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Conclusion: Making Sense of It All

As I've said a number of times in this feature, there's no simple way to take all the inputs and data points concerning the capability and trustworthiness of a company's management and stir and stir until a useful ratio or figure is generated. (If there were, we'd keep it to ourselves -- perhaps sharing it only with the Nobel evaluation committee.)

But investors can't simply throw up their hands and ignore this information as a result. Why? Because it's the province of executives -- and their press release writers -- to take credit for success and pass failure on to external factors.

"Disappointments are an inevitable part of even the most successful business," wrote legendary investor Philip Fisher in Common Stocks, Uncommon Profits. "If met forthrightly and with good judgment, they are merely one of the costs of eventual success... How a management reacts to such matters can be a valuable clue to the investor."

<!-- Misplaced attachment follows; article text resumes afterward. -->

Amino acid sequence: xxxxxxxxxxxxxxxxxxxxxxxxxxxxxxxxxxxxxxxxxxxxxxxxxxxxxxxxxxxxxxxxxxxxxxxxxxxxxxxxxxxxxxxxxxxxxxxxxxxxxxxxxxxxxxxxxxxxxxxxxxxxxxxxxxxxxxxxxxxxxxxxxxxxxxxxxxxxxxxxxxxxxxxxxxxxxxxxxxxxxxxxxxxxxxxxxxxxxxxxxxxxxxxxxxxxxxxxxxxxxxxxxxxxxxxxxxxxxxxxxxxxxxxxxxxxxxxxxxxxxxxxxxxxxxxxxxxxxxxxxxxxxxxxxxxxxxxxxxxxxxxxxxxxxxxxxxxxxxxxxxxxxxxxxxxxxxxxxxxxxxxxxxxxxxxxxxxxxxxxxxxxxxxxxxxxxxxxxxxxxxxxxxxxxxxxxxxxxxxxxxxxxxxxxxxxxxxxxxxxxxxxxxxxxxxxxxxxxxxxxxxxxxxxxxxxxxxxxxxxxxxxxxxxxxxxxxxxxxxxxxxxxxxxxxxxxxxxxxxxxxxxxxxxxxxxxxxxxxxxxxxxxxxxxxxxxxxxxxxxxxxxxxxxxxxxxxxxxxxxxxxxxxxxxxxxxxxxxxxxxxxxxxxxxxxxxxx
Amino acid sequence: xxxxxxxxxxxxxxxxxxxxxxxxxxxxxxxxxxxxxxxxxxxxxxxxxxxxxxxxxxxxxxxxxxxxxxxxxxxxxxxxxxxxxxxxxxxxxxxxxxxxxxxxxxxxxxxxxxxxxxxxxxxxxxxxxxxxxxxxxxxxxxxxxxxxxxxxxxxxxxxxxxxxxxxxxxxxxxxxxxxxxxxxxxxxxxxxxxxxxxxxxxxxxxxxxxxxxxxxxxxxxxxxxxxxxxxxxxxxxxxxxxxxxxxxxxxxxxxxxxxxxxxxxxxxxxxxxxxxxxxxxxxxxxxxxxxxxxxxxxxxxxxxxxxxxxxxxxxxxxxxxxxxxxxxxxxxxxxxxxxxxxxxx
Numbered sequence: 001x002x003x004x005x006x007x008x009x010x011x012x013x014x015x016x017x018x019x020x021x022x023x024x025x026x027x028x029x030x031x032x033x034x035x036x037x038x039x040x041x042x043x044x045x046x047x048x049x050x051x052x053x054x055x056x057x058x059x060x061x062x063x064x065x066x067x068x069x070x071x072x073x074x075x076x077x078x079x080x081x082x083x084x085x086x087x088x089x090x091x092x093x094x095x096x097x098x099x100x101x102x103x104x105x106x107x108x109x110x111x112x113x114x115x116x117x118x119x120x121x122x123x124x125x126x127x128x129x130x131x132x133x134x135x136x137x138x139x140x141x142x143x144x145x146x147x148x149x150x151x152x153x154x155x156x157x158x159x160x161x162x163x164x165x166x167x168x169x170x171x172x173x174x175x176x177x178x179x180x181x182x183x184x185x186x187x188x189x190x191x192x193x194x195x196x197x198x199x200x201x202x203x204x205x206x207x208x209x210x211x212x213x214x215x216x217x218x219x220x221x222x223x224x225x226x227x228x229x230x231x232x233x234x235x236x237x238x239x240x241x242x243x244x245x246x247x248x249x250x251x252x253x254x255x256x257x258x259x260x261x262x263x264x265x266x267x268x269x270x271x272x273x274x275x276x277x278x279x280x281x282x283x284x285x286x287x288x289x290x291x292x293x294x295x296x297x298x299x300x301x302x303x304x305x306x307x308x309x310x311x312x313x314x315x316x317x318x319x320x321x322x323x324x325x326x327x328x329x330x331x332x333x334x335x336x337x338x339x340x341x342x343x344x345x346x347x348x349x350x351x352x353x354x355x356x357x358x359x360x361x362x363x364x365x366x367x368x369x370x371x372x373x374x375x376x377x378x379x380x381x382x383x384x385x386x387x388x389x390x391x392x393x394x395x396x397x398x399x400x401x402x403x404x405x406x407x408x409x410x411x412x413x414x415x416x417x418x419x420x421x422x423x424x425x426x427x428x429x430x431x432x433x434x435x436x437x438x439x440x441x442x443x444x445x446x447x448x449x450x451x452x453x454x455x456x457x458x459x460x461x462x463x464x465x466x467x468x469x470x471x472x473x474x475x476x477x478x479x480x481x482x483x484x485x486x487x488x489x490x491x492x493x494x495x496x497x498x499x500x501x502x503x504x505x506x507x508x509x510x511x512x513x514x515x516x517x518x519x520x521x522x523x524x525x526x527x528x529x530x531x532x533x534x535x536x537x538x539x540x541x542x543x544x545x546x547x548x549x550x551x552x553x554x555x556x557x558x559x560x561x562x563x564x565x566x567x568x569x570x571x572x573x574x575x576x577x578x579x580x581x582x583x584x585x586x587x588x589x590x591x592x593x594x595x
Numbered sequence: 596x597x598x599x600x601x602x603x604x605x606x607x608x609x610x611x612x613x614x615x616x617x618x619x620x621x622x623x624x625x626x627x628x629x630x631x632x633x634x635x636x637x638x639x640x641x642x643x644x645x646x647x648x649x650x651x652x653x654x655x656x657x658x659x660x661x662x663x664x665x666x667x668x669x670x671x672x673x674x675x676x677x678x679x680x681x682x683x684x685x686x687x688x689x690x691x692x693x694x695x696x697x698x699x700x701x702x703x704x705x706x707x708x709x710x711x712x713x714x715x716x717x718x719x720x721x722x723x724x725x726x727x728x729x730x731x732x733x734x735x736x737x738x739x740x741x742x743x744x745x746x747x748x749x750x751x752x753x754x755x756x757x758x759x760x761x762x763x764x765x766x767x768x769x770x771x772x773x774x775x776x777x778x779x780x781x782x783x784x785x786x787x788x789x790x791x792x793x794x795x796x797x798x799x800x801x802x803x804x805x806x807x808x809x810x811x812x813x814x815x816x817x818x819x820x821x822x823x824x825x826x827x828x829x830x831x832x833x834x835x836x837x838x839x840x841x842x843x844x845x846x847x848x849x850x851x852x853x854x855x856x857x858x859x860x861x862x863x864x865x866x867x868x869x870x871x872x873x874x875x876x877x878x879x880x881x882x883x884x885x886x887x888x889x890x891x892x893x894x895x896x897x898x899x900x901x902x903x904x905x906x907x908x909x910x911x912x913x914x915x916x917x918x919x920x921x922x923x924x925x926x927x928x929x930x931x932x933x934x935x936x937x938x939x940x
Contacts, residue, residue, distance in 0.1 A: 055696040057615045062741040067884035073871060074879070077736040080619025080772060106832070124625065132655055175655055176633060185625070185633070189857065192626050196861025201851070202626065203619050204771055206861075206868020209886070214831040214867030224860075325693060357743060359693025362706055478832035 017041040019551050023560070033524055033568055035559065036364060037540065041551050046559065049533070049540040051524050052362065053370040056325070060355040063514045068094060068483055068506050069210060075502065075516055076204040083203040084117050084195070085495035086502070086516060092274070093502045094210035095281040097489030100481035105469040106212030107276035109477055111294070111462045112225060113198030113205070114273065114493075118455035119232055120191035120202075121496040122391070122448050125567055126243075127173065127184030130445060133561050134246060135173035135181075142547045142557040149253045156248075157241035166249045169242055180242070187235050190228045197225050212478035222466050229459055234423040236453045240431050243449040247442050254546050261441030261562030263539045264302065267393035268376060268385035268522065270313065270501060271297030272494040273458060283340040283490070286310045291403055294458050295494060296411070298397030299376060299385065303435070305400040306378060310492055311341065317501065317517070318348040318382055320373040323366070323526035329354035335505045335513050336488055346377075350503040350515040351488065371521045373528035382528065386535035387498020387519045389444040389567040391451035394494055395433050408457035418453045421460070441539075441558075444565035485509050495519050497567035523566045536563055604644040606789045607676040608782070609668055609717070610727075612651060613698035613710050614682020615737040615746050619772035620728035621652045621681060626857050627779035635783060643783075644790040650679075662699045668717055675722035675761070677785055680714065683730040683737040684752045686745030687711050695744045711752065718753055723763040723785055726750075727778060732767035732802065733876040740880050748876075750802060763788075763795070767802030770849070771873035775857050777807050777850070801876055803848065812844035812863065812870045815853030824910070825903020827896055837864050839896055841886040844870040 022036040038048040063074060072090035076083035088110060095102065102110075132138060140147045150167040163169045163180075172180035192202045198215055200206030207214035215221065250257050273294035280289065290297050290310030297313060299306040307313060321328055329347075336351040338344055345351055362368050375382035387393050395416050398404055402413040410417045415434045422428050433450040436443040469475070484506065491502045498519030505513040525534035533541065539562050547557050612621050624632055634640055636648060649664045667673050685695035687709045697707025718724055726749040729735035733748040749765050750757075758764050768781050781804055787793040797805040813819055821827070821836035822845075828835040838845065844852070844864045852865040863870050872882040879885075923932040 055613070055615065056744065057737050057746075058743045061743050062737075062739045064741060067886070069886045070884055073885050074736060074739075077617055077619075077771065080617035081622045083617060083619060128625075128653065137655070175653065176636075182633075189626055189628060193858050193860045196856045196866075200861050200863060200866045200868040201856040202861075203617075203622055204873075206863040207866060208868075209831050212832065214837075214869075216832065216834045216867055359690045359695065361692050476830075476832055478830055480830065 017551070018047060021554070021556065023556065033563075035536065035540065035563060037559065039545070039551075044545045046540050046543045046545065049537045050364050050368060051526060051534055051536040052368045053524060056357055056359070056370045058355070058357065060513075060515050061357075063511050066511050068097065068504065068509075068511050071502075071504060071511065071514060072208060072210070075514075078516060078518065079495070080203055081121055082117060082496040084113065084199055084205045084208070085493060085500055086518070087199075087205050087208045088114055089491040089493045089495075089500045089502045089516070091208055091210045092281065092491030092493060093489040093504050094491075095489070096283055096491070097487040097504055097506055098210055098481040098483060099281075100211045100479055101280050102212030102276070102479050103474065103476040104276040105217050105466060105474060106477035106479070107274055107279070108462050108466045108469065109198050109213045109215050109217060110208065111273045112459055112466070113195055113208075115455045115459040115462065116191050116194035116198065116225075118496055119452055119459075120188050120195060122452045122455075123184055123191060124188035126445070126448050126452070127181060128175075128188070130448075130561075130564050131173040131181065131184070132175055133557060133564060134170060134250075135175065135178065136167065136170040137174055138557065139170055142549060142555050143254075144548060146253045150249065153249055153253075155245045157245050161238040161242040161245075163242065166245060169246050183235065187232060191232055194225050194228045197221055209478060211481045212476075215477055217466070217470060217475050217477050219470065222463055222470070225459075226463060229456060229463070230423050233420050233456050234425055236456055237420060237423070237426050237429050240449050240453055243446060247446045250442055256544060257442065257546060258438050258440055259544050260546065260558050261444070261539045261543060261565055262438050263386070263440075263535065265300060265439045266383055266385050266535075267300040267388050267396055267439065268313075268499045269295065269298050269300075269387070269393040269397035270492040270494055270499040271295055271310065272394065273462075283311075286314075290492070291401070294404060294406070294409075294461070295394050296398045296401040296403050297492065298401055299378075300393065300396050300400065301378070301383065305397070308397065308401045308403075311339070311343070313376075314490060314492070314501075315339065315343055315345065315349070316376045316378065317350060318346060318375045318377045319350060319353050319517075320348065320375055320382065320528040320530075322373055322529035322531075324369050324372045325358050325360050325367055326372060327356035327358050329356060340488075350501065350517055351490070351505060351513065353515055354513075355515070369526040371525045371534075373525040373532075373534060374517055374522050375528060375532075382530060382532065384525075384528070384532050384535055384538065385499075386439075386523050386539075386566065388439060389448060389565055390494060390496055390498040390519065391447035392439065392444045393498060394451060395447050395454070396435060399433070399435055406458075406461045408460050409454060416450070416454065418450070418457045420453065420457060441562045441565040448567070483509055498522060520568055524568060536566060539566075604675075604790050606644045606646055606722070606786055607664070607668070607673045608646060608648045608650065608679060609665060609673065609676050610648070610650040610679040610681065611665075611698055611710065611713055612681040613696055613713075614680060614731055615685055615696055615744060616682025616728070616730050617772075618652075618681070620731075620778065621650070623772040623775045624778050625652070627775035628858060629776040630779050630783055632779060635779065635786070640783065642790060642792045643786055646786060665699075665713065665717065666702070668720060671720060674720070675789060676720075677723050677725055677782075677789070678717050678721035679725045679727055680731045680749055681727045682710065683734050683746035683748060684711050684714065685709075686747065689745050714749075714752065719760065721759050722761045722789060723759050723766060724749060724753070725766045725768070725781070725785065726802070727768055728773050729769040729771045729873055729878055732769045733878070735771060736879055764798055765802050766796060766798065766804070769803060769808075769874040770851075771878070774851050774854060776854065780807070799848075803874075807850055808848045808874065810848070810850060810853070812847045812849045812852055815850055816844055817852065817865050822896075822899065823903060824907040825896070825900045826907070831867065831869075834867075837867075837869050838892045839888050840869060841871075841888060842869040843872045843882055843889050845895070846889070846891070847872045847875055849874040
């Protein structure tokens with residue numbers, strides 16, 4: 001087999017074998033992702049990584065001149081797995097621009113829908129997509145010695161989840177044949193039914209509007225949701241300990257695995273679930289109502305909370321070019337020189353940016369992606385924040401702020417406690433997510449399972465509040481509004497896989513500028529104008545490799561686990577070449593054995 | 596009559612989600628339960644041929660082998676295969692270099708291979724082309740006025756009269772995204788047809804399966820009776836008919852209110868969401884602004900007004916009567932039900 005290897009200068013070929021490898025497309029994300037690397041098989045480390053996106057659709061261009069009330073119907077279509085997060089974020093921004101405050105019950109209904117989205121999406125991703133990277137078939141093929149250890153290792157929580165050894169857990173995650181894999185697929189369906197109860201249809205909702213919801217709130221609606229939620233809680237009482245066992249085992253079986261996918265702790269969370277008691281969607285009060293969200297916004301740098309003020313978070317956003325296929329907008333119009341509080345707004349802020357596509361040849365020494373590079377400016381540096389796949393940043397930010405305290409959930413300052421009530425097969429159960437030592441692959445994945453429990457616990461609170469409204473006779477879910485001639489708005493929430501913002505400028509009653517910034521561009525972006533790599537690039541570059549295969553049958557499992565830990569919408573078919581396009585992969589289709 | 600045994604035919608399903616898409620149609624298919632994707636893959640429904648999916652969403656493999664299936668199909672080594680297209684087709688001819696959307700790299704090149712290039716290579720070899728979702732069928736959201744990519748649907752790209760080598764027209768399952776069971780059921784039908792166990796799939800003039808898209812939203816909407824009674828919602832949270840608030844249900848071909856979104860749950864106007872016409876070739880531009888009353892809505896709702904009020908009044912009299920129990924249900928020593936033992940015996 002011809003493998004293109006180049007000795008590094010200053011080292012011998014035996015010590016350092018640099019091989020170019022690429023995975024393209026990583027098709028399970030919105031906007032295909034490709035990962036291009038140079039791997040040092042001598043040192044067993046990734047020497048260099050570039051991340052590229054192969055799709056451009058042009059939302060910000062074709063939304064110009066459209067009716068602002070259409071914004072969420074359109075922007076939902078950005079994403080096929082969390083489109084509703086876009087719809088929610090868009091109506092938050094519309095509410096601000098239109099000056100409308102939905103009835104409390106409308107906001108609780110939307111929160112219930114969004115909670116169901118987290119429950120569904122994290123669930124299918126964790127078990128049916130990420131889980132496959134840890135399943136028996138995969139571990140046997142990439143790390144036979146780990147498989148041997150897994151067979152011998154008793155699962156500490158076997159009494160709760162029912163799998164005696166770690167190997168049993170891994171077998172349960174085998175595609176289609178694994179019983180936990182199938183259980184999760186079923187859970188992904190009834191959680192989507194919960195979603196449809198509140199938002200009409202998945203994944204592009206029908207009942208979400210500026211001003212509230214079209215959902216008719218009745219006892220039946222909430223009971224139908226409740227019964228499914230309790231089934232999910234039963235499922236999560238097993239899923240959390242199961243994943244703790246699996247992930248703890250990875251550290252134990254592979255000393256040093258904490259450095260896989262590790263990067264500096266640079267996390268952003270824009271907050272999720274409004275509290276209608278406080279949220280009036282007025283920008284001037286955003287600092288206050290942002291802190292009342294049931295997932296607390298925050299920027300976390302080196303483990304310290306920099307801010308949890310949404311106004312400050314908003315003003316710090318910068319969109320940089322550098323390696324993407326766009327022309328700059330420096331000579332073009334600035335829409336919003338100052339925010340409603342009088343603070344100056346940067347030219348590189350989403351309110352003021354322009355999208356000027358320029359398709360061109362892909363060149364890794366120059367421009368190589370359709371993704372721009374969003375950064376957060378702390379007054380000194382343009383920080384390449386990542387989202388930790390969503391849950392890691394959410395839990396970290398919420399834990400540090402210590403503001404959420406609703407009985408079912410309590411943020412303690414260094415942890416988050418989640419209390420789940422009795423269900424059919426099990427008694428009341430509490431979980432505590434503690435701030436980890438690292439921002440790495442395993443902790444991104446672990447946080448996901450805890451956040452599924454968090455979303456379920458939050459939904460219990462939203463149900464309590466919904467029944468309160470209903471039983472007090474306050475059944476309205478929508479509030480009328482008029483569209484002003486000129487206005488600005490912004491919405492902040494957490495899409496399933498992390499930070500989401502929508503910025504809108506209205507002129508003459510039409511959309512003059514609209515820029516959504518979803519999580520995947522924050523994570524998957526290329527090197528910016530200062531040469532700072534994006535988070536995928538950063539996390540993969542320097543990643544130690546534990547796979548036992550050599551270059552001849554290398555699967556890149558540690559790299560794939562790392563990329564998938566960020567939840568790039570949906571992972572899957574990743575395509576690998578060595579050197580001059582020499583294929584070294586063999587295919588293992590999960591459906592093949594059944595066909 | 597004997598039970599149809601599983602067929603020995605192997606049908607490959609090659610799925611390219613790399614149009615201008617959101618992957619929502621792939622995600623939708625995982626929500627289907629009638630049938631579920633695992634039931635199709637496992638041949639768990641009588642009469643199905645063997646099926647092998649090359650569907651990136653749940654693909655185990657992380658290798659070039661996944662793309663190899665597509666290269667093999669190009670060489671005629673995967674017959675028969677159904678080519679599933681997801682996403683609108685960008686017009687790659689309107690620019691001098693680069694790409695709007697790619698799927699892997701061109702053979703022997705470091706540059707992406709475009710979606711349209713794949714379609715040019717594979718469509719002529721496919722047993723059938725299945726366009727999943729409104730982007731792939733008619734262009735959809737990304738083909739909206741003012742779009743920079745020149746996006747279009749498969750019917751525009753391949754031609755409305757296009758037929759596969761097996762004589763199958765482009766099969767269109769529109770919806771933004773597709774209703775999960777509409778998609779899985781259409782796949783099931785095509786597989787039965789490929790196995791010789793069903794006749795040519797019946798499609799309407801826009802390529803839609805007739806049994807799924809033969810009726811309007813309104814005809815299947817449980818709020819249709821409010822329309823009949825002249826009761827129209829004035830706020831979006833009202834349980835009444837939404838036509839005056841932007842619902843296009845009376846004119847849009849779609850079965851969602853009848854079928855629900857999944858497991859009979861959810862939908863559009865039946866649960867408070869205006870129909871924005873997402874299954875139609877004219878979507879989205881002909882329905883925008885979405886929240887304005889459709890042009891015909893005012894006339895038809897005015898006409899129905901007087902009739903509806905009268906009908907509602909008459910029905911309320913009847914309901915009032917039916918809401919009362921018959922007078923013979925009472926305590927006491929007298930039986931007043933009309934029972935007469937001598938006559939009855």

That excerpt touches on more than just character -- it extends into preparation, expertise, and execution as well. The previously mentioned study from the Corporate Executive Board -- which focused on large companies and the reasons why their revenue growth so often runs into the proverbial wall over time -- suggested that less than one-fifth of the factors responsible for revenue "stall points" are uncontrollable. Instead, the chief reasons for corporate difficulty, the study said, are strategic or organizational in nature.

And guess who's responsible for strategy and organization?

You guessed it -- management. With that in mind, investors shouldn't hesitate to supplement their reading of financial statements with a long look at the ways and means of the people who are responsible for leading the companies that fill those statements with facts. It will almost certainly be time well spent.

Dave Marino-Nachison (TMF Braden) hereby appropriates the nickname "Bing." His stock holdings can be viewed online. The Motley Fool has a full disclosure policy.

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